Companies Using Virtual Worlds, Few Strategies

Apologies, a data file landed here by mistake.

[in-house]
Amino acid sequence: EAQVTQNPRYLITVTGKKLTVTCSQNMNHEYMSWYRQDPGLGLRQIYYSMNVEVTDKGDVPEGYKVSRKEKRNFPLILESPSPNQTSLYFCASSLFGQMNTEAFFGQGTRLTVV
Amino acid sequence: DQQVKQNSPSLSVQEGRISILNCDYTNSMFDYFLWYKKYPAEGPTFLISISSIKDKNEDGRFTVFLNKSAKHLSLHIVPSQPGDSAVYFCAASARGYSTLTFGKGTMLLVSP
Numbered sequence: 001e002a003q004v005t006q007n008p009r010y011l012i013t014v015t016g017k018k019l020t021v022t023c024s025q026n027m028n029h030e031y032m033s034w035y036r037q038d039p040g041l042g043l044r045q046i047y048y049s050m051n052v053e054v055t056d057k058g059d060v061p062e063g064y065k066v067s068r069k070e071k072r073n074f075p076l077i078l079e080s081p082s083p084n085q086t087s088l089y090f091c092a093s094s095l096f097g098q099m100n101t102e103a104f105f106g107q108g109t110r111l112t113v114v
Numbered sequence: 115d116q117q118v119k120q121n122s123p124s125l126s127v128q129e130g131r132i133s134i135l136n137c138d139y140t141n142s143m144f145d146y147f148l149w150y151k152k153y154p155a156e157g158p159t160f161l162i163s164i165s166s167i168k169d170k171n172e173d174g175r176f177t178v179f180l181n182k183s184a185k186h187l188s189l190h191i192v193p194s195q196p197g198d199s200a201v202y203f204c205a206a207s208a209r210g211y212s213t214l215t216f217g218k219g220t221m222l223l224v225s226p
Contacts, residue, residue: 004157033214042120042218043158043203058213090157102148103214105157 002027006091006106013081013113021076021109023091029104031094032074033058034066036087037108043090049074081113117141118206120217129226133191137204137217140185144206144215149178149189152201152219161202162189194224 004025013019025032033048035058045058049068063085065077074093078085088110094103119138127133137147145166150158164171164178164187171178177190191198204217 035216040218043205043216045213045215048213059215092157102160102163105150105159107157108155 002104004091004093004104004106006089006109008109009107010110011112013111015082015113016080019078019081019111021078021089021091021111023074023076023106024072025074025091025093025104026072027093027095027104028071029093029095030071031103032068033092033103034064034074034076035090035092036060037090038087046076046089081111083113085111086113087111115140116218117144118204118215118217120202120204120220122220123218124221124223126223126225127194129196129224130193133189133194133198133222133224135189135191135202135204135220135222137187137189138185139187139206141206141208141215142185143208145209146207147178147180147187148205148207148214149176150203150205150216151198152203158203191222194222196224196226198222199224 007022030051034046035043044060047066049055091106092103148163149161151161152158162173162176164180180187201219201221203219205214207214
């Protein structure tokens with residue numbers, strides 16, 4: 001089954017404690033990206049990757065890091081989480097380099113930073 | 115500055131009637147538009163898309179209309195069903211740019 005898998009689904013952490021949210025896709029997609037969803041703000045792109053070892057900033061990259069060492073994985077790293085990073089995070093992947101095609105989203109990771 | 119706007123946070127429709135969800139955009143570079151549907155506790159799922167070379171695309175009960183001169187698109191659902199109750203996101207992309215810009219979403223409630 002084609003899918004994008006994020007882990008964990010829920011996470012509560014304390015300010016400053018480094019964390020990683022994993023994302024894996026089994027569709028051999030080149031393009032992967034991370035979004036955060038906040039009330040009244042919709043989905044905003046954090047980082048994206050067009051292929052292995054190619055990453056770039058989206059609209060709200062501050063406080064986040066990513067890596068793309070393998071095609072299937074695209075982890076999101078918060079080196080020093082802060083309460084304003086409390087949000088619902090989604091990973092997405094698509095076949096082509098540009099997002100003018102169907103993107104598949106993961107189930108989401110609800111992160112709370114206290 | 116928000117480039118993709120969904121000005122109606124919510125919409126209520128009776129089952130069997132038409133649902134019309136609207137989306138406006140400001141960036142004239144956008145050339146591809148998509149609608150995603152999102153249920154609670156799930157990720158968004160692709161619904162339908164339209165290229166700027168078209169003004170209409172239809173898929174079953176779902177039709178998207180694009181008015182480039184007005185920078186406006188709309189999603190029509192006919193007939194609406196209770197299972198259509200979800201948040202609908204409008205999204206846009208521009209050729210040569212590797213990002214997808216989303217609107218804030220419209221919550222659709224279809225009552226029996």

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<p><strong>New York &mdash; Sept. 19 </strong><br />A new report from The Conference Board finds that virtual worlds are emerging fast on the business landscape, but few companies have developed strategies to deal with them. Membership is now in the millions, and many of the participants are not just customers but employees.   <br /><br />A virtual world is a 3-D Internet-based simulated social networking community, usually modeled after the real world, with buildings, roads, meeting rooms, bars and billboards. </p><p>Generally, many users participate at any time, with the interaction being immediate (taking place in &ldquo;real time&rdquo;). Some examples of virtual worlds include Second Life, Kaneva and There.<br /><br />Companies such as Cisco, IBM and Dell already have a substantial presence in Second Life. Retailers such as Circuit City and Sears also have a presence, and information services providers such as Reuters have built large installations that offer a menu of financial data, including videos of up-to-the-minute news clippings. <br /><br />&ldquo;Although virtual worlds appear to mimic the real world, this is an illusion,&rdquo; said Edward M. Roche, author of the report. </p><p>Behind the scenes, a set of software programs determine the options available: what transactions are allowed, acceptable codes of behavior or what types of corporate information can be imported or exported. </p><p>&ldquo;For the business community, choosing the right virtual world to use is a crucial decision,&rdquo; Roche said.<br /><br />Virtual worlds enable a company to do several things: provide a meeting place; engage in v-commerce (buy and sell goods and services); allow advertising and product placement (rent or build billboards and use other &ldquo;in-world&rdquo; channels to advertise products, or place products in high-volume parts of a virtual world where they will be exposed to &ldquo;traffic&rdquo; by visitors); or build organizational experience in a virtual environment where mistakes and failures can safely occur. </p><p>They also enable virtual customer relationship management (v-CRM) &mdash; companies can reach out and collaborate with their customers in new ways.<br /><br />&ldquo;In many quarters, virtual worlds are met with skepticism,&rdquo; Roche said. &ldquo;Some managers are stuck. They assume that since the underlying technologies for virtual worlds come from video games, there could not possibly be any relevance for their business. Other managers simply may not have heard of virtual worlds. These types do not read the newspapers, follow the trade press or watch major news channels, such as CNN, which has regularly been airing specials on virtual worlds and their applications for business.&rdquo;<br /><br />No matter whether your company decides to use virtual worlds, it is useful to review a few key questions that all companies should ask as they weigh their strategy and make a decision.<br /><br /><strong>Question 1: What is Your Entry Strategy?</strong><br />Some companies see virtual worlds as a new frontier, similar to the Internet a decade ago. By aggressively moving into this space, they will be able to attain a &ldquo;first mover advantage,&rdquo; similar to what did in the book-selling business or what eBay did with online auctions. Others enter because of competitive necessity, or experimentation.<br /><br /><strong>Question 2: What is the Corporate Purpose?</strong><br />Early corporate presence in virtual worlds appear to be mostly for the purpose of &ldquo;staking out a claim&rdquo; or establishing a &ldquo;showcase&rdquo; to put everyone on notice that the corporation is &ldquo;in there.&rdquo; Some companies take out advertising in other parts of the virtual world. Others enter for the purpose of v-commerce or to provide customers with more information about their products and services.<br /><br /><strong>Question 3: Do You Plan to Offer v-Products?</strong><br />Virtual worlds offer an opportunity for companies to rethink completely their product and service offerings. But a change of perspective is required. Some use virtual worlds to promote and sell existing products. Others plan to create products and services.  <br /><br /><strong>Question 4: Who is in Charge?</strong><br />Most companies are unlikely to have a “virtual worlds department&rdquo; or &ldquo;virtual worlds vice president.&rdquo; The Reuters news service has a &ldquo;Second Life bureau chief,&rdquo; but that is an exception. Because companies don&rsquo;t have this function in place, it will need to be invented. But who should take the lead? Some companies have set up committees or teams, or use their sales and marketing department.<br /><br /><strong>Question 5: Which Virtual Worlds Should be Used?</strong><br />Companies can choose from hundreds or even thousands of virtual worlds. But which one is best? Second Life is very popular. Some companies use multiple virtual worlds, develop a presence in each of them and see which one holds out for the long haul. Others select a virtual world that is specialized, one that is frequented by a specific type of customer.<br /><br /><strong>Question 6: How Much Will it Cost?</strong><br />There is, as yet, no clear set of figures or benchmarks for budgeting for creation of a virtual world. Some companies are spending much more than others. Major areas of cost include design, building and maintenance, systems integration and hosting.  <br /><br /><strong>Question 7: What is the Revenue Model?</strong><br />For most companies, understanding how to recoup their investment is difficult, at least for now. Much depends on the mode of entry. Some companies are justifying their virtual worlds budget through advertising, sales and marketing, customer and market research, training or research and development.<br /><br /><strong>Question 8: Is IT Up to the Job?</strong><br />&ldquo;The IT function in most companies is one of the most under-rated and under-appreciated groups,&rdquo; Roche said. </p><p>Apart from fighting a 24×7 battle against information terrorism, virus attacks and various hacker clubs around the world while dealing with the next operating system release, the IT group manages for the most part to keep millions of transactions per second coursing through the electronic veins of an enterprise. </p><p>&ldquo;Unfortunately, continual nagging from users and extremely difficult technical challenges tend to make IT resistant to change,” Roche said. “Often, a new project is considered little more than another headache. But ultimately, IT can be counted on to get the job done. Just budget the money and get out of the way.”</p>